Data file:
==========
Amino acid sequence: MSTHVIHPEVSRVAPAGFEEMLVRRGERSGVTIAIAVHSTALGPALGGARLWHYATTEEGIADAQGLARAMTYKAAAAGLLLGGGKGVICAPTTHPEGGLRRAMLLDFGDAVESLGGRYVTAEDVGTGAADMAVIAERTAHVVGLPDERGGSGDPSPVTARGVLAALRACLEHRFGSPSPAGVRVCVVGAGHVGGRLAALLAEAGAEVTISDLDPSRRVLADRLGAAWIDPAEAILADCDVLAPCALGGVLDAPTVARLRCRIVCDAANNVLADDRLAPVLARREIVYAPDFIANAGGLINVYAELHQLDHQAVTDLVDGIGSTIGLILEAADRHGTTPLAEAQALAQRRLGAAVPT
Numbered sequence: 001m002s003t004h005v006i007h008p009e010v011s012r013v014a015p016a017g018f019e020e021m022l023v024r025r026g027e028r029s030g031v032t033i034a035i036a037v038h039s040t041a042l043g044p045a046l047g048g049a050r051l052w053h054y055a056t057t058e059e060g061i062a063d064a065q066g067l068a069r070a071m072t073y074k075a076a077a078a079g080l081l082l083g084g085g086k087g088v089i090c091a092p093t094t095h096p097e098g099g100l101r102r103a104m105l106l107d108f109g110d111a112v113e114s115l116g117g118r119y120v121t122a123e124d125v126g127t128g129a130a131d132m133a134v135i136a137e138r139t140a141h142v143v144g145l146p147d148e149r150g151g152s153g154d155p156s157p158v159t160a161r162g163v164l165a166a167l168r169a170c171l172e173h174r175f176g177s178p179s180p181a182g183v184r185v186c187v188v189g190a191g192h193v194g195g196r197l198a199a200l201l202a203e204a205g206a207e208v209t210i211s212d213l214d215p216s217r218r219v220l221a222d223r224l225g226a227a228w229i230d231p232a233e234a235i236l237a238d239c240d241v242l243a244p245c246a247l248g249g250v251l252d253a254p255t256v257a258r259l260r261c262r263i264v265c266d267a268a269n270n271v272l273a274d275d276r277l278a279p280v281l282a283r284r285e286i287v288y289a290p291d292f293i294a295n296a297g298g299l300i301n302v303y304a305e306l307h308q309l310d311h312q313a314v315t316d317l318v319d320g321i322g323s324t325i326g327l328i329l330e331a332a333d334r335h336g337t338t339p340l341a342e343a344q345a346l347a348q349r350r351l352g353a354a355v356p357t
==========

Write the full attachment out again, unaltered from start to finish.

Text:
Amino acid sequence: MSTHVIHPEVSRVAPAGFEEMLVRRGERSGVTIAIAVHSTALGPALGGARLWHYATTEEGIADAQGLARAMTYKAAAAGLLLGGGKGVICAPTTHPEGGLRRAMLLDFGDAVESLGGRYVTAEDVGTGAADMAVIAERTAHVVGLPDERGGSGDPSPVTARGVLAALRACLEHRFGSPSPAGVRVCVVGAGHVGGRLAALLAEAGAEVTISDLDPSRRVLADRLGAAWIDPAEAILADCDVLAPCALGGVLDAPTVARLRCRIVCDAANNVLADDRLAPVLARREIVYAPDFIANAGGLINVYAELHQLDHQAVTDLVDGIGSTIGLILEAADRHGTTPLAEAQALAQRRLGAAVPT
Numbered sequence: 001m002s003t004h005v006i007h008p009e010v011s012r013v014a015p016a017g018f019e020e021m022l023v024r025r026g027e028r029s030g031v032t033i034a035i036a037v038h039s040t041a042l043g044p045a046l047g048g049a050r051l052w053h054y055a056t057t058e059e060g061i062a063d064a065q066g067l068a069r070a071m072t073y074k075a076a077a078a079g080l081l082l083g084g085g086k087g088v089i090c091a092p093t094t095h096p097e098g099g100l101r102r103a104m105l106l107d108f109g110d111a112v113e114s115l116g117g118r119y120v121t122a123e124d125v126g127t128g129a130a131d132m133a134v135i136a137e138r139t140a141h142v143v144g145l146p147d148e149r150g151g152s153g154d155p156s157p158v159t160a161r162g163v164l165a166a167l168r169a170c171l172e173h174r175f176g177s178p179s180p181a182g183v184r185v186c187v188v189g190a191g192h193v194g195g196r197l198a199a200l201l202a203e204a205g206a207e208v209t210i211s212d213l214d215p216s217r218r219v220l221a222d223r224l225g226a227a228w229i230d231p232a233e234a235i236l237a238d239c240d241v242l243a244p245c246a247l248g249g250v251l252d253a254p255t256v257a258r259l260r261c262r263i264v265c266d267a268a269n270n271v272l273a274d275d276r277l278a279p280v281l282a283r284r285e286i287v288y289a290p291d292f293i294a295n296a297g298g299l300i301n302v303y304a305e306l307h308q309l310d311h312q313a314v315t316d317l318v319d320g321i322g323s324t325i326g327l328i329l330e331a332a333d334r335h336g337t338t339p340l341a342e343a344q345a346l347a348q349r350r351l352g353a354a355v356p357t